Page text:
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8 of 9 people found the following review helpful By Cubist on July 21, 2003
Format: DVD
Having seen Dante Tomaselli's first feature film, Desecration, his latest, Horror, demonstrates that this up-and-coming filmmaker is perfecting his own style of filmmaking. While he does harken back to Italian horror maestros like Mario Bava and Dario Argento, the complex soundscapes Tomaselli creates for his movies are quite reminiscent of David Lynch's movies. And like John Carpenter, he also composes much of the soundtrack for his movies. This puts Tomaselli in good company indeed.
Horror is a creepy, waking nightmare a la Lost Highway where the protagonist is eternally damned. There are some truly striking images in Horror that linger in the brain long after the film ends. This is a truly unsettling, old school horror movie that is a breath of fresh air after the self-reflexive cycle of Scream films.
The DVD is packed with some nice extras. The real stand-out is the audio commentary by Tomaselli. He provides many fascinating insights into what inspires and influences him and unravels a bit of the ambiguity that the film creates.
Along with Larry Fessenden's Wendigo and the low budget Canadian werewolf film, Ginger Snaps, Tomaselli's Horror heralds a new wave of horror films that echo the no-holds-barred aesthetics of the '70s generation. Horror is definitely worth a look and remember the name Dante Tomaselli -- he's a filmmaker who's going places.
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1 of 1 people found the following review helpful By Carl Manes on July 12, 2010
Format: DVD
Illicit drug use and bad religion mix to become an ill-omen for five escaped mental patients when they arrive at a remote farm owned by a deranged preacher. Their minds create a hallucinatory nightmare that drives them to murder and madness as they attempt to escape from their own personal hells. HORROR adheres to a surreal dream-logic, where scenes bleed into one another and dreams blur into reality without ever distinguishing between the two. Director Dante Tomaselli focuses entirely on creating a frightening aesthetic, atmosphere, and mood, rather than establishing a linear story structure. Backlighting, fog effects, color filters, high- and low-angle shooting, each of these techniques are combined to heighten the constant state of unease and terror. HORROR also introduces a number of truly disturbing images that are accompanied by an unsettling score. The performances by the untrained cast are also forgivable given the size of the picture and the minimal dialog. Tomaselli comes through with this twisted vision of hell from the same vein of Horror as the works of Jim Ven Bebber.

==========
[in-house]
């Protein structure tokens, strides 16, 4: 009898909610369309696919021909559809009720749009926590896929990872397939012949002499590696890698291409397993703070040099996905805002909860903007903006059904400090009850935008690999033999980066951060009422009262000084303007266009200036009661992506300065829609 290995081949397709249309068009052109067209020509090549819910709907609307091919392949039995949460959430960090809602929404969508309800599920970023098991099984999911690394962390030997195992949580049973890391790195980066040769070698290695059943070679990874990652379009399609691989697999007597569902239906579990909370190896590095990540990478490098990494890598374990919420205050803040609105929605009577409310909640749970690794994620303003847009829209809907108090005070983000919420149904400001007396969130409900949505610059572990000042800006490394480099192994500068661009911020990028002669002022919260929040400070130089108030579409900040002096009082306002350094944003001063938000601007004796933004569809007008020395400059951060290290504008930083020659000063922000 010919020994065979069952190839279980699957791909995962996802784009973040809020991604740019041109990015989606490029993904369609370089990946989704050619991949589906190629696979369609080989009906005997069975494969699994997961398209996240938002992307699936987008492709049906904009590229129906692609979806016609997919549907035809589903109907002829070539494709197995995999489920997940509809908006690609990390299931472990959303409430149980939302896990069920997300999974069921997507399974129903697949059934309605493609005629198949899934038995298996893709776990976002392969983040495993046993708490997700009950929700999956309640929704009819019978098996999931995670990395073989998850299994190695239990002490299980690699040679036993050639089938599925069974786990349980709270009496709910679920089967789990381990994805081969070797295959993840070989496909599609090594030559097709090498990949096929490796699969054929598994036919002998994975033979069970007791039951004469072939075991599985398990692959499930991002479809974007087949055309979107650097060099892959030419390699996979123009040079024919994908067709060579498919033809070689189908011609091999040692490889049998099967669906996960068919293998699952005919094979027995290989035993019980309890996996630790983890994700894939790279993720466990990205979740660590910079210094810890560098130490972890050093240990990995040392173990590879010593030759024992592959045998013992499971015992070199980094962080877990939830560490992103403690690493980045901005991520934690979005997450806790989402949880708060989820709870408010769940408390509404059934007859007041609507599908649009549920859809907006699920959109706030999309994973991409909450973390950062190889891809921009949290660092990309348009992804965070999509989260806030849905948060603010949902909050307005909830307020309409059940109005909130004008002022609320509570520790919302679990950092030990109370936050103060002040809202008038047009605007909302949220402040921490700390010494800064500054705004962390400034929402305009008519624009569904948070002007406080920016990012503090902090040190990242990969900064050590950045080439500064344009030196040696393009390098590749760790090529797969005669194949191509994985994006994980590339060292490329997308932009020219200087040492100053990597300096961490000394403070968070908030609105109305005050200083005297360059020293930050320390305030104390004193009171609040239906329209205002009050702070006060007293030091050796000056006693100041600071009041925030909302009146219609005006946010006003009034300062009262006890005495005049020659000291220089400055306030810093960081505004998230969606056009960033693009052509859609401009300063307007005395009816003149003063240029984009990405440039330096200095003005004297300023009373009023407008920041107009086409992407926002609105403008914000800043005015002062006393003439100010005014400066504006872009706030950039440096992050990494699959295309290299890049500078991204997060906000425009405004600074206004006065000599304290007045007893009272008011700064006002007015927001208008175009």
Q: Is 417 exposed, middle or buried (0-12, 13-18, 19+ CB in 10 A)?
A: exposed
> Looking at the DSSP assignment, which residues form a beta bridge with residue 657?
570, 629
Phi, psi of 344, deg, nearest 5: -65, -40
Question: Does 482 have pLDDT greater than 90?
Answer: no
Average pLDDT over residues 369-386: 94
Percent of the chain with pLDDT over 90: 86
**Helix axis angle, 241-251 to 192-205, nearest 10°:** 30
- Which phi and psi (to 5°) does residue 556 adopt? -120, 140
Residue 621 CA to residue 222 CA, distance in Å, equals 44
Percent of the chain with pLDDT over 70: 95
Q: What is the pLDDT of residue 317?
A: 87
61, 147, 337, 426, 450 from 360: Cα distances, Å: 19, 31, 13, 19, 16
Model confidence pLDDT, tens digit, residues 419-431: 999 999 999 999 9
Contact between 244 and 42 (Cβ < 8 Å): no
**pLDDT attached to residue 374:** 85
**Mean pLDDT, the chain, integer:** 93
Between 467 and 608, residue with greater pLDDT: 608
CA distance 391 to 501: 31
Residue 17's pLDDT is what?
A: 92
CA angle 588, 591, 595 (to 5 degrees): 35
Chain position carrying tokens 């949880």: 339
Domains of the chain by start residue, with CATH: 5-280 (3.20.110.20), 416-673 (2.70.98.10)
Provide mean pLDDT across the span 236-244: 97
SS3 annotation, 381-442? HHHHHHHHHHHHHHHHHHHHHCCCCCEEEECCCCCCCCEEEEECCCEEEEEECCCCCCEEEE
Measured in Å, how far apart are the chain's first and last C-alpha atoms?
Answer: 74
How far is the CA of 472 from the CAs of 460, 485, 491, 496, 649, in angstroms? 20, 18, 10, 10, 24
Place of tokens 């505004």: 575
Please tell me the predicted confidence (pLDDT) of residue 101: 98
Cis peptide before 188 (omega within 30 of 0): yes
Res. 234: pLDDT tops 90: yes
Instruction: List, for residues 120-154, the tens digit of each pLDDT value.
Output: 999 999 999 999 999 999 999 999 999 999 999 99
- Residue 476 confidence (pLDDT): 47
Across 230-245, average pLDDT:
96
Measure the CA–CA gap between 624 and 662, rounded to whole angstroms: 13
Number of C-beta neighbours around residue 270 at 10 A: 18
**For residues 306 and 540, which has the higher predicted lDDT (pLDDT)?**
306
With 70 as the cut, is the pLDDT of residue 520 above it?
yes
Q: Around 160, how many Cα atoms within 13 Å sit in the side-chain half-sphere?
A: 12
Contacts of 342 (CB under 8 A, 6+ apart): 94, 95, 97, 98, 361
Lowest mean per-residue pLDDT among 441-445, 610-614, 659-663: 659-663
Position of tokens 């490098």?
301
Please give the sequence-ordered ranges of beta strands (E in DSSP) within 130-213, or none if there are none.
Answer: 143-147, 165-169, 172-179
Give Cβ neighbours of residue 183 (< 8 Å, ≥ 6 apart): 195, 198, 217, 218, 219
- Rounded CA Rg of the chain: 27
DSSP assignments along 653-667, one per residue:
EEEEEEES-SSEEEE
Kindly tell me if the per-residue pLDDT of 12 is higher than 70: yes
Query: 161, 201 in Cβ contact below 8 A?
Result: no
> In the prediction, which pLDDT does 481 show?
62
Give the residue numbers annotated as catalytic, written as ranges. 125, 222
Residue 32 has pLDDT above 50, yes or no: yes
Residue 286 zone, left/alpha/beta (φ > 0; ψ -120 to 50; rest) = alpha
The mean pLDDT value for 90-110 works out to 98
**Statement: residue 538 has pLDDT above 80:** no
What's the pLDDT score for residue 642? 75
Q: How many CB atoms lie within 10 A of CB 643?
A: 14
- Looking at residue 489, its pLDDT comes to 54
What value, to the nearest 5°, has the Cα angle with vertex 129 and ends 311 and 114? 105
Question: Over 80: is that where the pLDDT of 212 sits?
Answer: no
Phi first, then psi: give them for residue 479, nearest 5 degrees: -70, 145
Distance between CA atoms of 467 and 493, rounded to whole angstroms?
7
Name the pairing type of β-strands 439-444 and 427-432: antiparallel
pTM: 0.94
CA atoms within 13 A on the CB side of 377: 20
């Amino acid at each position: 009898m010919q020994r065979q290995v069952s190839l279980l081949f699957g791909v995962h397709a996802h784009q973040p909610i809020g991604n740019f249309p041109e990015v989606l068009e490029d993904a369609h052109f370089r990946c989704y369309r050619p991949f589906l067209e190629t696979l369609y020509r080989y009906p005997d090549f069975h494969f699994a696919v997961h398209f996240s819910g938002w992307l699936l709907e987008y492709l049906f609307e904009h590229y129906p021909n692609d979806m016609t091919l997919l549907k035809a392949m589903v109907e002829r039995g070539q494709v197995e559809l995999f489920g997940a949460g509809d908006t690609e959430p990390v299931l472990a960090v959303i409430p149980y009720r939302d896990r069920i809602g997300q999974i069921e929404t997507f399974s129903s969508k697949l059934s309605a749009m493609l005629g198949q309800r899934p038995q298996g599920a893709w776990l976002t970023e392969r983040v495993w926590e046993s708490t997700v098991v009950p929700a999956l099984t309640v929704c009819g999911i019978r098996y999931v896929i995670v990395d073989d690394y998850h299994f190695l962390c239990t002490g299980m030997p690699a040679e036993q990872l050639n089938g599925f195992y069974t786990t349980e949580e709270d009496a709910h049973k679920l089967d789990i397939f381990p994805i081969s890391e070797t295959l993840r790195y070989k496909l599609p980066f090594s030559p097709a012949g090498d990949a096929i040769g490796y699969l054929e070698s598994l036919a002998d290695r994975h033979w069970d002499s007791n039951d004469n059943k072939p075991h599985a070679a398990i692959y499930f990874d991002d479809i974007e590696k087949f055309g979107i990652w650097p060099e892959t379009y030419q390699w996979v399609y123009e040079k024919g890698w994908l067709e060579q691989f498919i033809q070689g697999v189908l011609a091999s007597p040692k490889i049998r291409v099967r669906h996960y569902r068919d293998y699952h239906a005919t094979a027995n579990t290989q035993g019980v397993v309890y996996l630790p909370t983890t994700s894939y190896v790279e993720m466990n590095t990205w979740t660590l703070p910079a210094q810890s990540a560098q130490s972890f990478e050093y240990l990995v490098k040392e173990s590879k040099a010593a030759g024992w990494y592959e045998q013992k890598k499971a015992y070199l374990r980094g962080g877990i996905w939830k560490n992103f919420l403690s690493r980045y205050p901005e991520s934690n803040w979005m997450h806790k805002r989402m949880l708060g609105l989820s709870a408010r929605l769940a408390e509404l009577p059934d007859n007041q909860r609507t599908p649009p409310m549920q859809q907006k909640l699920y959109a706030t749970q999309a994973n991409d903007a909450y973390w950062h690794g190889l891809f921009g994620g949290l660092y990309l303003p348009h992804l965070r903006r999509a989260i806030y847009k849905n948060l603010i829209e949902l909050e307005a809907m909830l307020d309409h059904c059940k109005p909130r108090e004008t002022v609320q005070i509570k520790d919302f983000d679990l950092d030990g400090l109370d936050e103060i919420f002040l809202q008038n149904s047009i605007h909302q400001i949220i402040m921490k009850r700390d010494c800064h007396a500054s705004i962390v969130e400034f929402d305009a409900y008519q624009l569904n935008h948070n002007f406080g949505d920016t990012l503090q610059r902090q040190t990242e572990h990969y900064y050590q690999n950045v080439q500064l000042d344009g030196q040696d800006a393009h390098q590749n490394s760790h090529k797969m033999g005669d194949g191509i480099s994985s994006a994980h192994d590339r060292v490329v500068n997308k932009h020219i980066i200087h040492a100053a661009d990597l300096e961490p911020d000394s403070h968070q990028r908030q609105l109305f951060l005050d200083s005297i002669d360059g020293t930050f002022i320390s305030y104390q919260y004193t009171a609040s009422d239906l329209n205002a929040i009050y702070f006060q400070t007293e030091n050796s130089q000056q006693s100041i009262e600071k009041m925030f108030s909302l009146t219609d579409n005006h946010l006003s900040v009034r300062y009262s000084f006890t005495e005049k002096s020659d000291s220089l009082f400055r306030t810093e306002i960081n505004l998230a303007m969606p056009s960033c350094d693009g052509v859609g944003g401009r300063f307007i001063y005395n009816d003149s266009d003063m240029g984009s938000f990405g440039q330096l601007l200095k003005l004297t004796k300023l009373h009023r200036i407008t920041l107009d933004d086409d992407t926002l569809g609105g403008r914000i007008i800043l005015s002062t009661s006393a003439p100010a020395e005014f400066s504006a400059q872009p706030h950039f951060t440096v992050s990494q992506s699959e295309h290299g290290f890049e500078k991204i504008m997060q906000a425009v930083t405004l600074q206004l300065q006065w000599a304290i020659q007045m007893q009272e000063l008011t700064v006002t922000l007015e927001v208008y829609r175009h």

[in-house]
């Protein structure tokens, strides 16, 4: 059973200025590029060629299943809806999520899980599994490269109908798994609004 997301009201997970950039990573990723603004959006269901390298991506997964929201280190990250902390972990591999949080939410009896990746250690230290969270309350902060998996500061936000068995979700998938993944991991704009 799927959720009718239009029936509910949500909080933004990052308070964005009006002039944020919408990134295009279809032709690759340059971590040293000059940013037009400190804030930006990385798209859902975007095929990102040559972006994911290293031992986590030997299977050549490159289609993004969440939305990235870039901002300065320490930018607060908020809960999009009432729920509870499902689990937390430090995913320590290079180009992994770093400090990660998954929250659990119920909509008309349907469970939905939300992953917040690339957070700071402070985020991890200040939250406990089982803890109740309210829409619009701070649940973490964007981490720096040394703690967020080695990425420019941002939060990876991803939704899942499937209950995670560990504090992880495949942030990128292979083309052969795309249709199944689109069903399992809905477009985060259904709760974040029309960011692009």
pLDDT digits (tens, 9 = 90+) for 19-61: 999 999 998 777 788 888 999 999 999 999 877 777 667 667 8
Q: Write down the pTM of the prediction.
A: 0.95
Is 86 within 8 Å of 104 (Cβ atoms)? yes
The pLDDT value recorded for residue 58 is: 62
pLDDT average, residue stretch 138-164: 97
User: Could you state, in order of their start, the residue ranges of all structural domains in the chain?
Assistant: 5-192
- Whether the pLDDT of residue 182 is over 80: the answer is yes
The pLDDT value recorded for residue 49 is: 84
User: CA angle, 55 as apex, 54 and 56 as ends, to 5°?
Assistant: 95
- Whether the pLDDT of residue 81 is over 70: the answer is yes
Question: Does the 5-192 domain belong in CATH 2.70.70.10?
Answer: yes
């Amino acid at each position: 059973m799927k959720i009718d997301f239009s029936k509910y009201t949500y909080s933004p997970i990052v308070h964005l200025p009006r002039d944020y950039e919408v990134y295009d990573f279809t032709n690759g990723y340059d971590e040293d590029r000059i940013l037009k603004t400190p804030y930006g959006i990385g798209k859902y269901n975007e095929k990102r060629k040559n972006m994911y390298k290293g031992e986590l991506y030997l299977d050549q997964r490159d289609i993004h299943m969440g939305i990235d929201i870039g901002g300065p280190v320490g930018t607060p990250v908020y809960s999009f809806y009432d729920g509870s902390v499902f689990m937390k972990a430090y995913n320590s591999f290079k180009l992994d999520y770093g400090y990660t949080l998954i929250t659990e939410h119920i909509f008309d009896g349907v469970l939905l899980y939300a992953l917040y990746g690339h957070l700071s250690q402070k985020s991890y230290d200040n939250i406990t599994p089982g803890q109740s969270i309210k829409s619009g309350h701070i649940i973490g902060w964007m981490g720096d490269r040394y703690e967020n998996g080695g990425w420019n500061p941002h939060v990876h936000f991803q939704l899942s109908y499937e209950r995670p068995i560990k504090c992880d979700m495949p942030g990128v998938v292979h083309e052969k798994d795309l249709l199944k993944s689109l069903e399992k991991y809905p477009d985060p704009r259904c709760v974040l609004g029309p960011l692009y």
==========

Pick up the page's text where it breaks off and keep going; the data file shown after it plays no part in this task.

-Carl Manes
I Like Horror Movies
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Format: DVD
Horror (Dante Tomaselli, 2002)

I was quite fond of Tomaselli's first feature, 1999's Desecration, though judging by its IMDB rating I was one of the few. In any case, when I had a chance to see his second movie, Horror, I jumped. Once again I'm in the minority; while I laughed at the jack-o-lantern demons just as much as everyone else did (and no, they're not supposed to be funny), I found the movie quite watchable, and not nearly as confusing as everyone else seems to have. (Here's a hint: look at the final scene as a well-worn horror movie trope, though to tell you which one would spoil the entire film.)

The plot: Revered Salo, Jr. (Vincent Lamberti, who previously worked with Tomaselli on Desecration), visits a drug rehab facility to spread the good word. He also spreads some goods of the more illicit variety, while telling certain of the patients to come see him when they get out. (This all happens before the opening scenes.) When we open, a number of those patients, high on said goods, have decided to take him up on his offer by breaking out, stealing a van, and heading for the good father's farm. When they get there, however, they find out that perhaps the good Reverend may not have had their best interests at heart. The preacher's family is, shall we say, a little off. And what's up with that goat running around all over the place? The only halfway normal one of the bunch is Grace (In and Out's Lizzy McMahon), who may or may not be Salo Jr.'s daughter, but she's been messed up with years of brainwashing by her insane father. Her grandfather (played by the Amazing Kreskin-- yes, really)is the only stabilizing force in her life, but he's not exactly a rock in this ocean of chaos.